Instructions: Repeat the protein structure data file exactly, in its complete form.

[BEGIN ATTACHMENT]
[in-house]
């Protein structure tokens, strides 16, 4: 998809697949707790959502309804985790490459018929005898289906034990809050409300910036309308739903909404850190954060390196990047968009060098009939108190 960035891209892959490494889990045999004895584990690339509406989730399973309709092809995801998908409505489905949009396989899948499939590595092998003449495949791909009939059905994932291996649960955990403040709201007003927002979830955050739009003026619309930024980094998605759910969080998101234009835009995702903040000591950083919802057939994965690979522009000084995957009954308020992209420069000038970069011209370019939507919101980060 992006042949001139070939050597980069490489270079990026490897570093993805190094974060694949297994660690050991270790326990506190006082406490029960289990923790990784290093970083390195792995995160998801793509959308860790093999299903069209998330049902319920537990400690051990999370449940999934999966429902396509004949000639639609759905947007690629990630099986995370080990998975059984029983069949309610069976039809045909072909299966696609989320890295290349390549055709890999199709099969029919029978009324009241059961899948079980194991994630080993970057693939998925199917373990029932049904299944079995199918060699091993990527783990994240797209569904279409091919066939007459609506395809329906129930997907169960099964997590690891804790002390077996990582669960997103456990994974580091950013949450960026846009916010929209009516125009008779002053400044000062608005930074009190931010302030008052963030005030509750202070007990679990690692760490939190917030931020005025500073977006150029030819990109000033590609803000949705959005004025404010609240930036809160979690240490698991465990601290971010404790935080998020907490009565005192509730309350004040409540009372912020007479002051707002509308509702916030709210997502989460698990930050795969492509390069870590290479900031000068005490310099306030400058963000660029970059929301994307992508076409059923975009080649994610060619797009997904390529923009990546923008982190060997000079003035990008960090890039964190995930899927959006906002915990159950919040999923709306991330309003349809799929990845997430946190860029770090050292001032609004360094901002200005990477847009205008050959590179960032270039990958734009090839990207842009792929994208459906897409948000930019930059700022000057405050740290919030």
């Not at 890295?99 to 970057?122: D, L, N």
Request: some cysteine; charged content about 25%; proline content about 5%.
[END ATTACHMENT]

[in-house]
């Protein structure tokens, strides 16, 4: 998809697949707790959502309804985790490459018929005898289906034990809050409300910036309308739903909404850190954060390196990047968009060098009939108190 960035891209892959490494889990045999004895584990690339509406989730399973309709092809995801998908409505489905949009396989899948499939590595092998003449495949791909009939059905994932291996649960955990403040709201007003927002979830955050739009003026619309930024980094998605759910969080998101234009835009995702903040000591950083919802057939994965690979522009000084995957009954308020992209420069000038970069011209370019939507919101980060 992006042949001139070939050597980069490489270079990026490897570093993805190094974060694949297994660690050991270790326990506190006082406490029960289990923790990784290093970083390195792995995160998801793509959308860790093999299903069209998330049902319920537990400690051990999370449940999934999966429902396509004949000639639609759905947007690629990630099986995370080990998975059984029983069949309610069976039809045909072909299966696609989320890295290349390549055709890999199709099969029919029978009324009241059961899948079980194991994630080993970057693939998925199917373990029932049904299944079995199918060699091993990527783990994240797209569904279409091919066939007459609506395809329906129930997907169960099964997590690891804790002390077996990582669960997103456990994974580091950013949450960026846009916010929209009516125009008779002053400044000062608005930074009190931010302030008052963030005030509750202070007990679990690692760490939190917030931020005025500073977006150029030819990109000033590609803000949705959005004025404010609240930036809160979690240490698991465990601290971010404790935080998020907490009565005192509730309350004040409540009372912020007479002051707002509308509702916030709210997502989460698990930050795969492509390069870590290479900031000068005490310099306030400058963000660029970059929301994307992508076409059923975009080649994610060619797009997904390529923009990546923008982190060997000079003035990008960090890039964190995930899927959006906002915990159950919040999923709306991330309003349809799929990845997430946190860029770090050292001032609004360094901002200005990477847009205008050959590179960032270039990958734009090839990207842009792929994208459906897409948000930019930059700022000057405050740290919030």
């Not at 890295?99 to 970057?122: D, L, N």
Request: some cysteine; charged content about 25%; proline content about 5%.